The note, given to a courier in Tokyo in 1922 during a lecture tour of Japan, was written shortly after the German-born physicist learned that he was to receive a Nobel Prize for his theory of relativity.
The story goes that a Japanese courier delivered Einstein a message at the Imperial Hotel in Tokyo. The courier then either refused to accept a tip, in line with local practice, or Einstein had no small change to hand, so offered him two handwritten notes.
Now a descendant of the messenger is selling the notes at auction to the highest bidder.
“Maybe if you’re lucky those notes will become much more valuable than just a regular tip,” said Einstein to the messenger, according to the anonymous seller.
One of the notes, on a piece of Imperial Hotel Tokyo stationery, says: “A quiet and modest life brings more joy than a pursuit of success bound with constant unrest.”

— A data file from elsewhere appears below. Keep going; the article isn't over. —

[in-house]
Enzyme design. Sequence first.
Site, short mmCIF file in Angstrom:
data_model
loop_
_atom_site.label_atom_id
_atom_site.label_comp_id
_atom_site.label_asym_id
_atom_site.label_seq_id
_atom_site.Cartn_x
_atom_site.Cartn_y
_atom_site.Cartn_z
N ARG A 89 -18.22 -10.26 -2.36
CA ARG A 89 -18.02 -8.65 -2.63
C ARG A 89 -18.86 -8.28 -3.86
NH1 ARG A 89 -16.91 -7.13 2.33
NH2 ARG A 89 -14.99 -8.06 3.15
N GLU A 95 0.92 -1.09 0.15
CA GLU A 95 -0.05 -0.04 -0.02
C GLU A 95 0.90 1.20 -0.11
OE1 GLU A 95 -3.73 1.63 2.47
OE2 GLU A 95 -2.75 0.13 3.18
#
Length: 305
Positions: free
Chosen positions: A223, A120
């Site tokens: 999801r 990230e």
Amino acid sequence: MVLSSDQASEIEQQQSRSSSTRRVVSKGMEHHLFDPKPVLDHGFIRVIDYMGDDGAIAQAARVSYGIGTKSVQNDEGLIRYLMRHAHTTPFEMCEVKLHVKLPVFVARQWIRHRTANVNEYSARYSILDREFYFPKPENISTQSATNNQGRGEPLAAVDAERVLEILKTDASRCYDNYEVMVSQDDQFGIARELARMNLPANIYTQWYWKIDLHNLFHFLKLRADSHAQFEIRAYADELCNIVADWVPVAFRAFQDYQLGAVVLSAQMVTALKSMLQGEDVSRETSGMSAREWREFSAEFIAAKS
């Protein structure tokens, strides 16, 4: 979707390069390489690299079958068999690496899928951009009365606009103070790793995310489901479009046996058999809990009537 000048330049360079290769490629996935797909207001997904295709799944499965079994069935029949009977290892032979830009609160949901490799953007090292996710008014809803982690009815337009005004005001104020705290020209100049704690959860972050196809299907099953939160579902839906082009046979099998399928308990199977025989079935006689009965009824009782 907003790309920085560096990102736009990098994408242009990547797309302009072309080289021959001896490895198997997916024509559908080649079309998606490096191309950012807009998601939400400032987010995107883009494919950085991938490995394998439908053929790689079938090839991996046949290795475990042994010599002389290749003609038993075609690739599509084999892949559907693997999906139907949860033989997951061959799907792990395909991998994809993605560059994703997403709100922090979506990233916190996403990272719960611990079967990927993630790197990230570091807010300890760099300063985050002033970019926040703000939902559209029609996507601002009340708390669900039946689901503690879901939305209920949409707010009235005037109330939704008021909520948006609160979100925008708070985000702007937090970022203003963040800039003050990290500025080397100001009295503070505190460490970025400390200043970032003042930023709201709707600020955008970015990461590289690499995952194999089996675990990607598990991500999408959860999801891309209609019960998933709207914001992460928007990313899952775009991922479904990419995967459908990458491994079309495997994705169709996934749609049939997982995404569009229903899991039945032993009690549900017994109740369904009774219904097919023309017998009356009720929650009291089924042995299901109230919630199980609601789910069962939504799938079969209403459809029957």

The other, on a blank piece of paper, reads simply: “Where there’s a will, there’s a way.”
The notes hold no scientific value, however they could reflect a relatively unknown aspect of Einstein’s psyche, his emotional thinking.
“What we’re doing here is painting the portrait of Einstein – the man, the scientist, his effect on the world – through his writings,” said Roni Grosz, the archivist in charge of the world’s largest Einstein collection, at Jerusalem’s Hebrew University.